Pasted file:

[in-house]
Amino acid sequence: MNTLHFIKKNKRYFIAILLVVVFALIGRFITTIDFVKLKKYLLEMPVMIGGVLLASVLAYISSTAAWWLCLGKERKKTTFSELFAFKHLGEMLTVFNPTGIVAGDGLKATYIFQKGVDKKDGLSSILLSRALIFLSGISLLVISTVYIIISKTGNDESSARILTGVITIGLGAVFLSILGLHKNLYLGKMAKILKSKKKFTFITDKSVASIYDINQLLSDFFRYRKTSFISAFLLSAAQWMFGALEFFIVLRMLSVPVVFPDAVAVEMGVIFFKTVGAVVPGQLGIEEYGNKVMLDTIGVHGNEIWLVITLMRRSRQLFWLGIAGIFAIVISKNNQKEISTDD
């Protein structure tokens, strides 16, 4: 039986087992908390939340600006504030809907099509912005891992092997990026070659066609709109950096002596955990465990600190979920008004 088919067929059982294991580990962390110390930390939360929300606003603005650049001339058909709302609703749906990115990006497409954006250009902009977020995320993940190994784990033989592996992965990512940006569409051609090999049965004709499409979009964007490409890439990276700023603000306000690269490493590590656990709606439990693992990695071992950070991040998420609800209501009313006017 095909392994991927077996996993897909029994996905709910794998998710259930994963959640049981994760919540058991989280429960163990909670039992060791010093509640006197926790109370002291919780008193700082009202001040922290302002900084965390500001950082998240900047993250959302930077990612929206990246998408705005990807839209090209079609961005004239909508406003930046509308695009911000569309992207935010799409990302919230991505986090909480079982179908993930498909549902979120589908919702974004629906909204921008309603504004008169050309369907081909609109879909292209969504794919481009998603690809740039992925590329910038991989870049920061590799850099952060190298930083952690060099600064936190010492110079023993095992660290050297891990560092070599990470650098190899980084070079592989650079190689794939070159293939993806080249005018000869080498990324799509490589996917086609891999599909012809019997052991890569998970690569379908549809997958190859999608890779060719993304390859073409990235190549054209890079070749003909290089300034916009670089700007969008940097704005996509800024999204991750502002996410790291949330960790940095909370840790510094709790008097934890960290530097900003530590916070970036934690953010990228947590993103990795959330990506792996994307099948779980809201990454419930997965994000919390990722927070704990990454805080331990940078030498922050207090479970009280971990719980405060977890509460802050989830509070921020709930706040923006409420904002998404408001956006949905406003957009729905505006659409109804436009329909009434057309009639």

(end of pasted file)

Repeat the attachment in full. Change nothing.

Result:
[in-house]
Amino acid sequence: MNTLHFIKKNKRYFIAILLVVVFALIGRFITTIDFVKLKKYLLEMPVMIGGVLLASVLAYISSTAAWWLCLGKERKKTTFSELFAFKHLGEMLTVFNPTGIVAGDGLKATYIFQKGVDKKDGLSSILLSRALIFLSGISLLVISTVYIIISKTGNDESSARILTGVITIGLGAVFLSILGLHKNLYLGKMAKILKSKKKFTFITDKSVASIYDINQLLSDFFRYRKTSFISAFLLSAAQWMFGALEFFIVLRMLSVPVVFPDAVAVEMGVIFFKTVGAVVPGQLGIEEYGNKVMLDTIGVHGNEIWLVITLMRRSRQLFWLGIAGIFAIVISKNNQKEISTDD
């Protein structure tokens, strides 16, 4: 039986087992908390939340600006504030809907099509912005891992092997990026070659066609709109950096002596955990465990600190979920008004 088919067929059982294991580990962390110390930390939360929300606003603005650049001339058909709302609703749906990115990006497409954006250009902009977020995320993940190994784990033989592996992965990512940006569409051609090999049965004709499409979009964007490409890439990276700023603000306000690269490493590590656990709606439990693992990695071992950070991040998420609800209501009313006017 095909392994991927077996996993897909029994996905709910794998998710259930994963959640049981994760919540058991989280429960163990909670039992060791010093509640006197926790109370002291919780008193700082009202001040922290302002900084965390500001950082998240900047993250959302930077990612929206990246998408705005990807839209090209079609961005004239909508406003930046509308695009911000569309992207935010799409990302919230991505986090909480079982179908993930498909549902979120589908919702974004629906909204921008309603504004008169050309369907081909609109879909292209969504794919481009998603690809740039992925590329910038991989870049920061590799850099952060190298930083952690060099600064936190010492110079023993095992660290050297891990560092070599990470650098190899980084070079592989650079190689794939070159293939993806080249005018000869080498990324799509490589996917086609891999599909012809019997052991890569998970690569379908549809997958190859999608890779060719993304390859073409990235190549054209890079070749003909290089300034916009670089700007969008940097704005996509800024999204991750502002996410790291949330960790940095909370840790510094709790008097934890960290530097900003530590916070970036934690953010990228947590993103990795959330990506792996994307099948779980809201990454419930997965994000919390990722927070704990990454805080331990940078030498922050207090479970009280971990719980405060977890509460802050989830509070921020709930706040923006409420904002998404408001956006949905406003957009729905505006659409109804436009329909009434057309009639």